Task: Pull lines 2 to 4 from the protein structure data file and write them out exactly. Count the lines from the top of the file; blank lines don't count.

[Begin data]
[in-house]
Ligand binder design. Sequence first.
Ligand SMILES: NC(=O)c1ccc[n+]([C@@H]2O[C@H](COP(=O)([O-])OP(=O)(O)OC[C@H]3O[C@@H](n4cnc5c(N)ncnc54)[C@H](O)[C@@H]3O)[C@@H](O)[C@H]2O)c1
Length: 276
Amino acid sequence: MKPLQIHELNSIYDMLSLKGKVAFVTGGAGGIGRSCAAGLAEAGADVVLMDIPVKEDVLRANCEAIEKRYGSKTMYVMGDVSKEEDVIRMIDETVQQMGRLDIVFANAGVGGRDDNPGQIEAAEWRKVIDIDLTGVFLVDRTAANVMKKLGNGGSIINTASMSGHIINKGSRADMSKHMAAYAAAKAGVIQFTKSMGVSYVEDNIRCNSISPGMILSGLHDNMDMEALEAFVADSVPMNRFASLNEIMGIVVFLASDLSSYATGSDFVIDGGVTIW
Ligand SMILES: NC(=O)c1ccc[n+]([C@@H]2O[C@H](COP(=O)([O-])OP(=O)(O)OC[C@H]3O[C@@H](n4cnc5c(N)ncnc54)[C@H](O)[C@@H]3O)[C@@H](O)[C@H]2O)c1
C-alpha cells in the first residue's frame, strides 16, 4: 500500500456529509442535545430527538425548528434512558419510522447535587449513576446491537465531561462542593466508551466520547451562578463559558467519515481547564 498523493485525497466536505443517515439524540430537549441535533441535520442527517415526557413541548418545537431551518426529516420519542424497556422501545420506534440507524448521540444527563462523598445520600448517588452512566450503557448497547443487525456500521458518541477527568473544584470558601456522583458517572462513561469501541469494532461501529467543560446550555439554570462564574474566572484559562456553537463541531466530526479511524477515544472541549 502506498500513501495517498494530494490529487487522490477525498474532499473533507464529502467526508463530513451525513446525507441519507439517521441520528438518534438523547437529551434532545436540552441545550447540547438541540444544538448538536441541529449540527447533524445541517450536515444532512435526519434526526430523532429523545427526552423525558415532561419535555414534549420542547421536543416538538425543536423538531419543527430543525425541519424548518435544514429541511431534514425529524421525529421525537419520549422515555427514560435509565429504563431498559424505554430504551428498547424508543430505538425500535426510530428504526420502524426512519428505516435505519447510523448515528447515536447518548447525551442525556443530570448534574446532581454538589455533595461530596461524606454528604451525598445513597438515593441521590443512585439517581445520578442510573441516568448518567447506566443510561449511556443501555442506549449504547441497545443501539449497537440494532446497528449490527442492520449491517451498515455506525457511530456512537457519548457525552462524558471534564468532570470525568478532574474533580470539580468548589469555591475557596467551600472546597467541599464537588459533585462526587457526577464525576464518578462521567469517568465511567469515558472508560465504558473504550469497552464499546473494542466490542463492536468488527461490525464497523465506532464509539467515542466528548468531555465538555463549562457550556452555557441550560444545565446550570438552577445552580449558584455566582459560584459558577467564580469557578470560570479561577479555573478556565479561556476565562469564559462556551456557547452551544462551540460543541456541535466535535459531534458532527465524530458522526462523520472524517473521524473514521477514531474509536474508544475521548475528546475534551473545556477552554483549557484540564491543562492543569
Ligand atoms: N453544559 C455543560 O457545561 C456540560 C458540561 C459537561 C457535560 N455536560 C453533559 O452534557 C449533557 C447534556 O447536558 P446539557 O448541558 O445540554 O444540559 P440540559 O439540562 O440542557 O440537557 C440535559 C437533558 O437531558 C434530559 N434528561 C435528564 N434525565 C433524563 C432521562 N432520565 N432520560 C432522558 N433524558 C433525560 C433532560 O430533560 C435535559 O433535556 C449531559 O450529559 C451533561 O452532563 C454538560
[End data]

Ligand binder design. Sequence first.
Ligand SMILES: NC(=O)c1ccc[n+]([C@@H]2O[C@H](COP(=O)([O-])OP(=O)(O)OC[C@H]3O[C@@H](n4cnc5c(N)ncnc54)[C@H](O)[C@@H]3O)[C@@H](O)[C@H]2O)c1
Length: 276